Effective state-based regulation of alcohol should provide guidance in the marijuana policy debate.
While there are significant differences between alcohol and marijuana, some of the principles that work to regulate alcohol should be considered for marijuana.
For more than 80 years, the alcohol industry has been regulated effectively through a system of state and federal laws that work to balance consumers’ interest in choice and availability with the public’s interest in revenue collection and an orderly market. Through the ratification of the 21st Amendment, Congress and state legislatures recognized that attitudes regarding alcohol differed from state to state and, as a result, state governments were empowered to regulate the alcohol industry.
Today, the 21st Amendment continues to provide a foundation for the federal government and the states to regulate alcohol. This supports regulatory principles that create orderly markets – principles such as: separation of the producer and the retailer; product label approvals; price regulation; and limitations on access and availability.
States and the federal government should consider these policies as they work to regulate marijuana.
Public opinion and policy debates regarding effective regulation of marijuana are evolving. Although it remains illegal at the federal level, nine states and the District of Columbia have legalized the recreational use of marijuana.
Several states have had robust debates surrounding the legalization of marijuana and how it should be regulated at the state level. Many questions regarding public safety, health, impairment, liability and effective regulation remain unanswered.
Policy debates have surrounded topics such as: revenue collection and excise taxes; law enforcement; product composition; and federal preemption of state laws.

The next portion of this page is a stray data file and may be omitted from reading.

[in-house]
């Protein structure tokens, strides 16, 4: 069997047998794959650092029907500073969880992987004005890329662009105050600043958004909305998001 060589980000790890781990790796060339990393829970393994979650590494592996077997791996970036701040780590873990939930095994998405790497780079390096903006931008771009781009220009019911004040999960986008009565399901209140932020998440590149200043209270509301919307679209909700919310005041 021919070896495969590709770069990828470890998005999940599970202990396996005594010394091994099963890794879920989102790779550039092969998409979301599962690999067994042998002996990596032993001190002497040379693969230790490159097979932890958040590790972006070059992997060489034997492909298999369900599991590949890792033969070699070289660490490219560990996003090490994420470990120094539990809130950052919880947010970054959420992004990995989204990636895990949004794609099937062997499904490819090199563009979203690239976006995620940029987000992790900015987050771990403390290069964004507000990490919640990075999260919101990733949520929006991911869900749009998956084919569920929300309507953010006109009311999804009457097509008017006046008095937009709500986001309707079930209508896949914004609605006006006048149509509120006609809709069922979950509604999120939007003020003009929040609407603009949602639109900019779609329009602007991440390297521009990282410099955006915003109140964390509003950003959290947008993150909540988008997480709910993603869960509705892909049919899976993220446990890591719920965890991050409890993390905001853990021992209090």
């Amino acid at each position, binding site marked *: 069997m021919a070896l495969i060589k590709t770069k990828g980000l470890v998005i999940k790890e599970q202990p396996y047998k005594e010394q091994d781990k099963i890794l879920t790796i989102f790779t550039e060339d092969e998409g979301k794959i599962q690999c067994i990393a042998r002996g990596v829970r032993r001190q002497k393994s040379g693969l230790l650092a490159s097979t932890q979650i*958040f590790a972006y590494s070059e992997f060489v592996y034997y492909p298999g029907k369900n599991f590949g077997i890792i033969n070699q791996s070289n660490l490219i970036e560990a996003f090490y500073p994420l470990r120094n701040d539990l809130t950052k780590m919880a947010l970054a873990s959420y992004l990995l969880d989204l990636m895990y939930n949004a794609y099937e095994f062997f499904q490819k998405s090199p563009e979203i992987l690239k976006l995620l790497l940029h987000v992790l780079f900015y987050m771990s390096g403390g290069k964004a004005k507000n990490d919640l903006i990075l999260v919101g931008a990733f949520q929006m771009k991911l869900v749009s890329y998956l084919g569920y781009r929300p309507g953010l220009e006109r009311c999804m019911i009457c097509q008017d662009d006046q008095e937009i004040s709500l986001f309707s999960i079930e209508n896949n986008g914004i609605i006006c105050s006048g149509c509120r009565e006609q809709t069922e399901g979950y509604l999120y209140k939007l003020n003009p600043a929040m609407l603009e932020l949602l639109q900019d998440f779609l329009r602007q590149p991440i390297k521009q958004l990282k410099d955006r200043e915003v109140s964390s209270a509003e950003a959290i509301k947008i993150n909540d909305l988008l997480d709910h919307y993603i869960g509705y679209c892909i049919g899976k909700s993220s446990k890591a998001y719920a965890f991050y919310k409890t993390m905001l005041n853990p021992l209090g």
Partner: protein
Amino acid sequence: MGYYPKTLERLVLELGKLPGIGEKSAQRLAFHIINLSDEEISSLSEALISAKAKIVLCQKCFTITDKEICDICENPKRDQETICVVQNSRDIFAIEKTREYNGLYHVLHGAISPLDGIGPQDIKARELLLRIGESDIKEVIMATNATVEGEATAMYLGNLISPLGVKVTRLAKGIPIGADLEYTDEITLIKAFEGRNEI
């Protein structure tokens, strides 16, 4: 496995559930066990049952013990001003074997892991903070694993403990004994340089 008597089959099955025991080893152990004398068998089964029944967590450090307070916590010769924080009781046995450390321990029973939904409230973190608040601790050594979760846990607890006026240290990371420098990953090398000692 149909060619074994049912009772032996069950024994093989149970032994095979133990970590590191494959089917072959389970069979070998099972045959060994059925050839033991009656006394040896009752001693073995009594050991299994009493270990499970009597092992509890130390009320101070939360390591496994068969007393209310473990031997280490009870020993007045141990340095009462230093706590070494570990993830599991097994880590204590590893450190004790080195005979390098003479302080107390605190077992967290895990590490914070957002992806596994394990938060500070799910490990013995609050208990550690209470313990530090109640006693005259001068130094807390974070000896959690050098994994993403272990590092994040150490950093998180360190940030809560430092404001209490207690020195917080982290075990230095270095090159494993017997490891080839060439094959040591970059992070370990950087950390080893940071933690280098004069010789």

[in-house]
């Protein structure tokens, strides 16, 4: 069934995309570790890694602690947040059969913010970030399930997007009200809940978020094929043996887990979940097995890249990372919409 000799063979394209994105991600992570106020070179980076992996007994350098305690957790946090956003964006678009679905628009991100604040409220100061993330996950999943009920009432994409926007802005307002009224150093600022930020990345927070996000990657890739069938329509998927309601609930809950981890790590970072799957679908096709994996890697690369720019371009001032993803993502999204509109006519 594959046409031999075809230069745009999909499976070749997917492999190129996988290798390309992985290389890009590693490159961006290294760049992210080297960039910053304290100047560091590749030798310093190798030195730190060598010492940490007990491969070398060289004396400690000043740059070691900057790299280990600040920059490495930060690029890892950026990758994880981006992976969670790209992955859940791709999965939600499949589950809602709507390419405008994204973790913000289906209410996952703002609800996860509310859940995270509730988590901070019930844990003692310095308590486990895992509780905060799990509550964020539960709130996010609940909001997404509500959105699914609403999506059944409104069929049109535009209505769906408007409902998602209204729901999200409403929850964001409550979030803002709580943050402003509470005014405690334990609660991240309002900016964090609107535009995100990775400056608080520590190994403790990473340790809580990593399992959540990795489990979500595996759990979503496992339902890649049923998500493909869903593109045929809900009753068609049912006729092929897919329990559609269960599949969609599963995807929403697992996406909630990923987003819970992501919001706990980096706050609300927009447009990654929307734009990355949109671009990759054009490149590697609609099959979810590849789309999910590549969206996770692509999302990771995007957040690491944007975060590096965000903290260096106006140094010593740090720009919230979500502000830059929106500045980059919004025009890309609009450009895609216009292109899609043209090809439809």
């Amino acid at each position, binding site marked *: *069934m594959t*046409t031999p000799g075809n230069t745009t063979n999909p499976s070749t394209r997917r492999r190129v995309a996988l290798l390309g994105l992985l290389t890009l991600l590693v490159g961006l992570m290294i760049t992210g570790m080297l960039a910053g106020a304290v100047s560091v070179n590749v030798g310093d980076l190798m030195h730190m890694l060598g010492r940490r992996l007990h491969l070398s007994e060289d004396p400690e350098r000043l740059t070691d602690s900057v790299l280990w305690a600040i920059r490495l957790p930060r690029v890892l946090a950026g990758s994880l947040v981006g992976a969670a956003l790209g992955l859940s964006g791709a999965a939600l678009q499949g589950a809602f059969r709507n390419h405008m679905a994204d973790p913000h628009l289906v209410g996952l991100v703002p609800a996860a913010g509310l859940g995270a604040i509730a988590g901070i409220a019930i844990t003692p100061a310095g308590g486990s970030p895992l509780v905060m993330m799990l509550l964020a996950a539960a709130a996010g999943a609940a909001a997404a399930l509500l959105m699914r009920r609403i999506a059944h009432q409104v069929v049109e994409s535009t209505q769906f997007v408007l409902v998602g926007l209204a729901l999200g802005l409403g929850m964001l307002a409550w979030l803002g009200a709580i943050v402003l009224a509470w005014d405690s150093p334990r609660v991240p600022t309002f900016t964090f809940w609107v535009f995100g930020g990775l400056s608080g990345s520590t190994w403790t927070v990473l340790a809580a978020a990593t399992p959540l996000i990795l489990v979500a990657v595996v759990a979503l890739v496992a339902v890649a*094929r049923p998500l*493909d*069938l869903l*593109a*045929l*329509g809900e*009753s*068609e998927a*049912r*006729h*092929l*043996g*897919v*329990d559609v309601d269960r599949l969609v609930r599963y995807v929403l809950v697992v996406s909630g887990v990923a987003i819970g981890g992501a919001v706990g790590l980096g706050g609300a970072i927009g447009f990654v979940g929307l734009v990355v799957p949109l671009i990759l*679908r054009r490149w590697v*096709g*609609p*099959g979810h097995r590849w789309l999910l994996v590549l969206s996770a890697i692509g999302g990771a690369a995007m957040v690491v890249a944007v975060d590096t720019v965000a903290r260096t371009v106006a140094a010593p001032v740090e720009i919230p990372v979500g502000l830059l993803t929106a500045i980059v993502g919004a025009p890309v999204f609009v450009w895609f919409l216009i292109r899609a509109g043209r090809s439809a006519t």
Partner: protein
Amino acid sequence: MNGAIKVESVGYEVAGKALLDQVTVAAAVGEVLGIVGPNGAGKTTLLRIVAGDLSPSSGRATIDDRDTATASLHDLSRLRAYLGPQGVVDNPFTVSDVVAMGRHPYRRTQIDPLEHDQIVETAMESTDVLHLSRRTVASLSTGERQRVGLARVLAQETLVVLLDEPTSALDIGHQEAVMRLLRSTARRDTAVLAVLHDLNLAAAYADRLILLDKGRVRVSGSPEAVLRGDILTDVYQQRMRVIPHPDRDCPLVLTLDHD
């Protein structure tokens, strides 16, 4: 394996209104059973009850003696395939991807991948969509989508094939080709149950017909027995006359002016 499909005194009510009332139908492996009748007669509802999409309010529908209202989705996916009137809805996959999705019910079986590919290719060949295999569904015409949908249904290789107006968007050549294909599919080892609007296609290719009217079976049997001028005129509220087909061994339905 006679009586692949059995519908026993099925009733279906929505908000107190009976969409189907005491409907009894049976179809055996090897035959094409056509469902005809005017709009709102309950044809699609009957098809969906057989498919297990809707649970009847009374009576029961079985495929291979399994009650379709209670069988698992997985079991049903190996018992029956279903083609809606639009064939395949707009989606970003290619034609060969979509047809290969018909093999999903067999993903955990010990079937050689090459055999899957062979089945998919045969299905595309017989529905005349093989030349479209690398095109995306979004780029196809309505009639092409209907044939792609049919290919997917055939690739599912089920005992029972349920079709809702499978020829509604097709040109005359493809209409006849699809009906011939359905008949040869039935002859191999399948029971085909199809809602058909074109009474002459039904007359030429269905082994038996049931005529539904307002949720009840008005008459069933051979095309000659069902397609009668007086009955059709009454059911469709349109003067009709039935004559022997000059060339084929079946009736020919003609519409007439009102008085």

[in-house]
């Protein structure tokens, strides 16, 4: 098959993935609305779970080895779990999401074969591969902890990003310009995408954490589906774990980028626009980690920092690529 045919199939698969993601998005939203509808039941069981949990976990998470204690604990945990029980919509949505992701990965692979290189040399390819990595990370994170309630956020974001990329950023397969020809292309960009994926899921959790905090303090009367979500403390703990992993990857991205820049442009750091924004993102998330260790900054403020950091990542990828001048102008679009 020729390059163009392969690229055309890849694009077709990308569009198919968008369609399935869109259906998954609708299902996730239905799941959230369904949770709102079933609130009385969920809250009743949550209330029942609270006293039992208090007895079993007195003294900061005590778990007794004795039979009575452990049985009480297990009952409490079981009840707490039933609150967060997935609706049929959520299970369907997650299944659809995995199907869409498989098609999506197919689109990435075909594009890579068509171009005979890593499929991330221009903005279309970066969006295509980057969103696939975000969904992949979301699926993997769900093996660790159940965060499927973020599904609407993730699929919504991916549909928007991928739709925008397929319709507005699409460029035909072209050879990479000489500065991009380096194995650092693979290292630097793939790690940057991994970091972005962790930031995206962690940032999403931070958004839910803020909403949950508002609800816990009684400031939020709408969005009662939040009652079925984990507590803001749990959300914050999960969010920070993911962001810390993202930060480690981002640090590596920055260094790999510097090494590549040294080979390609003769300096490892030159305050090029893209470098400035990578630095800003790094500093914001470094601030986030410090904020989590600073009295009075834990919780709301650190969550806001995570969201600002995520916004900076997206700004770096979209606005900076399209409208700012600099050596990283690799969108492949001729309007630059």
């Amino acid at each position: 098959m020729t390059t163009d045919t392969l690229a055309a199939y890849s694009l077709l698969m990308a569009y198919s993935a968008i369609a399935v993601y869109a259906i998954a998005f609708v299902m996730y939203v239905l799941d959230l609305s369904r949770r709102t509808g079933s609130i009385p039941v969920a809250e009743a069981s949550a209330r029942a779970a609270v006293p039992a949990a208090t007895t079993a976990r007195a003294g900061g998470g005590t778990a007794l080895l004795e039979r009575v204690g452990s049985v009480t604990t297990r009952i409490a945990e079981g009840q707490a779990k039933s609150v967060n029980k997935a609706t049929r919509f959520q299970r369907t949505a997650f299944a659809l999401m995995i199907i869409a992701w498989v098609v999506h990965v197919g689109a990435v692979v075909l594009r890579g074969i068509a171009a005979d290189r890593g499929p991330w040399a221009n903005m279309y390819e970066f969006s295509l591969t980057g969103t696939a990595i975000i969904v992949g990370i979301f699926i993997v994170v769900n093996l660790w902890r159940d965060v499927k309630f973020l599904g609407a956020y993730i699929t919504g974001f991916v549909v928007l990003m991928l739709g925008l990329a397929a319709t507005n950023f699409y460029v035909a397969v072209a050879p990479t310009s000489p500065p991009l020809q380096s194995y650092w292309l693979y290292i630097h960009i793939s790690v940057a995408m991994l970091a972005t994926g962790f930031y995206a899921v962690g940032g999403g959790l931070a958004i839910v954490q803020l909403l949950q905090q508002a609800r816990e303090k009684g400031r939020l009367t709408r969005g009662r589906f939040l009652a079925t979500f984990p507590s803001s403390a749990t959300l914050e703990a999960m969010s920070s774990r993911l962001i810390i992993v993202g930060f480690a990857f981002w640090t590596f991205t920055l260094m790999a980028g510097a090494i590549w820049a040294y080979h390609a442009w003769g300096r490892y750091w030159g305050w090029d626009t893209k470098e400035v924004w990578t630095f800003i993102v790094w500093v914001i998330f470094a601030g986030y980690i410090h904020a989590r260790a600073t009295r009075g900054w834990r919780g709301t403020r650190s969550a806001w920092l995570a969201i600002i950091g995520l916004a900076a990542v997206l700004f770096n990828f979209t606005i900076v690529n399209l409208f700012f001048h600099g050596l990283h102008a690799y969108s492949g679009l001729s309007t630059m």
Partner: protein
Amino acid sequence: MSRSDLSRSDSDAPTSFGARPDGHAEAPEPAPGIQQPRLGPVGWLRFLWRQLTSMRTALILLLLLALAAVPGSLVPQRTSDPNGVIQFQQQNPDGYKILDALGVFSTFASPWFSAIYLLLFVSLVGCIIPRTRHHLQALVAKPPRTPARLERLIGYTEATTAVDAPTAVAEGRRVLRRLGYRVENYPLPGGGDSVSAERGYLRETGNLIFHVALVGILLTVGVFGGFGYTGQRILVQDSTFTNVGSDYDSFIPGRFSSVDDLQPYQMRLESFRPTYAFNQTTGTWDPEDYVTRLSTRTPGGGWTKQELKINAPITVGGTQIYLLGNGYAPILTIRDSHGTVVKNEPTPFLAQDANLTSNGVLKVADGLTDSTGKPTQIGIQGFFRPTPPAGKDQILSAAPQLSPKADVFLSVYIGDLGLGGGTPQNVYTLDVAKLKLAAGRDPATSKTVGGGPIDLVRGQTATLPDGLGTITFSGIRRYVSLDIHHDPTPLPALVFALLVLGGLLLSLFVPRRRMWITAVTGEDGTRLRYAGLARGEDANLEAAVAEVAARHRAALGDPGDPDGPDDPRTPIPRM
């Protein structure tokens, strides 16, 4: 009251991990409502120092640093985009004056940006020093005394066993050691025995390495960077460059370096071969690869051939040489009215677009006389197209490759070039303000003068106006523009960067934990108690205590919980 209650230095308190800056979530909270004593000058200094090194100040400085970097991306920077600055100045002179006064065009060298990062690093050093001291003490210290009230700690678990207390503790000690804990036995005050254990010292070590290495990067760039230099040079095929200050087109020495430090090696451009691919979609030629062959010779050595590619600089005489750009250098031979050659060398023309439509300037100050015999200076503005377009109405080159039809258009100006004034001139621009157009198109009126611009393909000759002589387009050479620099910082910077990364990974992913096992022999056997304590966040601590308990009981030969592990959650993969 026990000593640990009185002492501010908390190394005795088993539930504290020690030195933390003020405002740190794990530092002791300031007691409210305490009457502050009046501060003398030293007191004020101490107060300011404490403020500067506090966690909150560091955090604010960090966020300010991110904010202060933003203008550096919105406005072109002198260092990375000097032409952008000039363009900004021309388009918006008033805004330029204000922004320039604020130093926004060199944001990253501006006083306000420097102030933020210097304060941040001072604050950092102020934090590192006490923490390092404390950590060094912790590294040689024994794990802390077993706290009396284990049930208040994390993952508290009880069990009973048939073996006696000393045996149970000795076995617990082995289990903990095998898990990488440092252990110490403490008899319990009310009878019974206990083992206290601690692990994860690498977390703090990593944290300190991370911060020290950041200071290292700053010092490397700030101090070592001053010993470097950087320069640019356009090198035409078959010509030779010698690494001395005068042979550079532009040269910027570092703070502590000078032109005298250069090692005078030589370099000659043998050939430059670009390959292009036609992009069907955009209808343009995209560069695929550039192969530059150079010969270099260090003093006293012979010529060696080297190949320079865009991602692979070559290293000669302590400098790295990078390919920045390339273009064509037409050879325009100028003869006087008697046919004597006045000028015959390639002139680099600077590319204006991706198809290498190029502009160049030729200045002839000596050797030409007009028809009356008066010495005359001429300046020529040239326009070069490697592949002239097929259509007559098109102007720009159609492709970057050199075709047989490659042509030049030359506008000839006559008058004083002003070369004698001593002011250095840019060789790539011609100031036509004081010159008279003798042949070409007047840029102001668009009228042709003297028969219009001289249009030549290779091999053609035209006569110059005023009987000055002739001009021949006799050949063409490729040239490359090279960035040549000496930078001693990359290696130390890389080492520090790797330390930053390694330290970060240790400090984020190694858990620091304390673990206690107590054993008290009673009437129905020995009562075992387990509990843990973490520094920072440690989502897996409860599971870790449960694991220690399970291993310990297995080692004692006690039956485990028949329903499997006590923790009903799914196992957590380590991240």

Public health officials believe that more research needs to be conducted to better understand the impact that marijuana can have on human behavior, development achievement and overall health.
In 2017, the National Highway Traffic Safety Administration (NHTSA) issued a study, Marijuana-Impaired Driving: A Report to Congress, which reiterated the need for additional data collection and research and put forth the following recommendations:
Changes to marijuana policy should ensure the implementation of a comprehensive regulatory structure and allow for rigorous regulatory oversight.
Regulatory oversight measures also should clearly address marijuana-impairment concerns, including but not limited to the following:
As the debate surrounding marijuana legalization continues, a focus on appropriate marijuana tax policy should be integral to the discussion. The effective regulation of alcohol has ensured that taxes are collected in a transparent and accountable manner. As some states chose to legalize a product that has been previously prohibited and unregulated, policymakers and regulators should consider the time-tested tax administration history of the alcohol industry.